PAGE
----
photo courtesy of Jeff Freeman
I wrote a "nutrition" response to a client in late 2008 that I thought was
pretty good, finally put on paper some stuff I (and others, long before me)
have been saying for years. I sent it out to the JBV Coaching client list at the time, and it found its way to some other training sites, blogs, etc. Someone reminded me of it the other day, so I'm finally putting it up on the website as an article.
Here is the original client question: "
I haven't had a scale since I moved, so I wasn't really
monitoring with any regularity for awhile, which I thought could be a good
thing. BUT, now most of the clothes I've worn for the last few years aren't
fitting so well. It's definitely not my imagination. It's just too many days of saying "this won't matter" with sweets and alcohol. I've realized lately that whether or not I ride a lot or not at all I tend to eat a similar amount, so I think that's part of the problem. Otherwise, yeah, I probably do have some bad habits. I guess I know what/when you're supposed to eat as a cyclist, but that gets screwy sometimes because I just don't feel hungry when it seems I should, which usually leads to eating too much too late in the day."
Here's the response I wrote:
Appetite is often suppressed after hard efforts, and also as fatigue builds over days/weeks of consistent training. That's when it's most important to objectively, logically remind yourself that eating after training and pre-fueling before training ARE PART OF YOUR TRAINING. It's sort of the same thing as going out for 3-4 hours on a cold, windy day, when you're already tired and don't really feel like it - it's not easy, it's just something you do because you know it's correct. What tends to happen is, if you're good and vigilant about the pre-fueling for rides, and then also the post-workout "recovery" nutrition, you tend to have fewer cravings and lower appetite on the days you don't train.
As a way to get a two-fer, sometimes when you don't feel like eating but know you need to, it's a great time to find the most appetizing thing you can find. Greasy omelets, hashbrowns, pancake breakfasts, waffles, cinnamon rolls, muffins, cookies, pie...those are often a good way to get 500 - 1000 calories before a big ride, or as your "meal" within a couple hours of ending a big ride (assuming recovery drink within 30 minutes of the end of the ride). What's nice there is you're giving your body the calories it needs (and those are two times when the "type" of calories is less important than just getting them), and you're *also* having the treat that you might have been craving on a non-training day. Days/periods like this are where you use the scale to say "crap, I've got to go get some baked goods or I won't be able to train tomorrow!"
For me it's Counter Culture cinnamon rolls [ed. - Counter Culture is a Santa
Fe restaurant that makes the best baked goods in town], pie...pumpkin bread,
baked goods. When you eat these treats when the furnace is hot or needs
stoking, then it's easier to eat only "good" foods on the days you're not
training, or are trying to limit calories. "Bad" foods ("comfort" foods?) tend to be
calorically dense, which is good when appetite is suppressed and you really just need the calories. "Good" foods (whole grains, legumes, fruits, veggies, etc) tend to be less calorically dense, but more vitamin/mineral dense, and also higher in fiber. That means you can eat more volume (to fill up) without going over your caloric needs/usage for the day, and you're still getting the micro-nutrients you need.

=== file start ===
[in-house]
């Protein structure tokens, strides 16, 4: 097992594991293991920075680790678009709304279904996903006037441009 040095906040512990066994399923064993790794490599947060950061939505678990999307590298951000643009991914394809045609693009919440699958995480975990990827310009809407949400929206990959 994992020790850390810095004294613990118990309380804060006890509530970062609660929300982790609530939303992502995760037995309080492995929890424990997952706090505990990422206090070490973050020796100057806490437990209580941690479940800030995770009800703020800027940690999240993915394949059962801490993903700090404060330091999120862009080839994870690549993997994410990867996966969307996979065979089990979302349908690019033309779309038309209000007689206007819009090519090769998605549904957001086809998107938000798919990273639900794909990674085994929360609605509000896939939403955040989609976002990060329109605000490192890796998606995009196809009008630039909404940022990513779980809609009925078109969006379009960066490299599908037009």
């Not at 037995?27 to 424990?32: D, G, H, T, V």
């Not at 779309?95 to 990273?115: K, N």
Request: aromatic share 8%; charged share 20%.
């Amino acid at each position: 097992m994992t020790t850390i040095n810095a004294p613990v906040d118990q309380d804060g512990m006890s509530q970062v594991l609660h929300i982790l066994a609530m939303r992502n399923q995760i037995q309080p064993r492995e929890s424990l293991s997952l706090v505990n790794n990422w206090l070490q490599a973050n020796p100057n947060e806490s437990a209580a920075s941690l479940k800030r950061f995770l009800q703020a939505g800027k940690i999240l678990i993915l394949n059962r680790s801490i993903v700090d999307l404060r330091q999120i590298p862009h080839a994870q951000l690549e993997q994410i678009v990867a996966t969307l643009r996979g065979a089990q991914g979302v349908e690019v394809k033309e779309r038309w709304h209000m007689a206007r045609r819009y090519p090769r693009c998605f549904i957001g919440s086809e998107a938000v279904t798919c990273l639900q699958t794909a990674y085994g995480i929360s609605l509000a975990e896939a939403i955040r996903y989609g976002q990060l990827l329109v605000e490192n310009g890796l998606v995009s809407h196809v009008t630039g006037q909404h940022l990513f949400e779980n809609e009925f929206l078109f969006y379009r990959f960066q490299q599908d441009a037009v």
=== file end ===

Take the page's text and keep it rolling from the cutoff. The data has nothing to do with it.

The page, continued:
For years when I was younger, because I was big and couldn't climb, I would
always think it was a great idea to not eat when I wasn't hungry. So when my
appetite would disappear 2-3 days into a stage race, I'd stop eating after stages. The results, predictably, were:
1. I'd really suffer the last few days of stage races, or be unable to complete longer training blocks.
2. I'd wind up binging on crap on days I wasn't training, and/or at night.
3. My weight would fluctuate within a 5-6lb window, but I never really got leaner or faster. I mean, I was at 5-6% bodyfat anyway, but I wasn't providing my body with the fuel it needed when it needed it, and my overall health and performance suffered as a result.
I think many bike racers intellectually know what to eat and when, but they wind up in the same trap I was in for probably 10-15 years. It's a vicious cycle, and it's hard to get out of.
One way to look at it is from a positivist perspective. I sometimes coach
cyclocross pacing as "find the places you can recover first, then the places you can/need to go hard become more obvious, and you're better able to put out lots of power there." Look at nutrition the same way, pick out the days you can/should get mega-calories before & after your ride, and then you're making it easier to "be good" on the days you want to limit calories. Instead of being punitive to yourself when you're "bad", you're being nice to yourself (treats!) when it's a useful thing.
Of course there are details to manage, you've got to have access to treats on the training days, and (harder for many people) you've got to have "good" food available on days you're being "good". Probably best not to look at it as "good" or "bad", maybe better to say "fueling/rewarding" days, and "run lean", "limiting", or even "cleansing" days.
© JBV Coaching 2008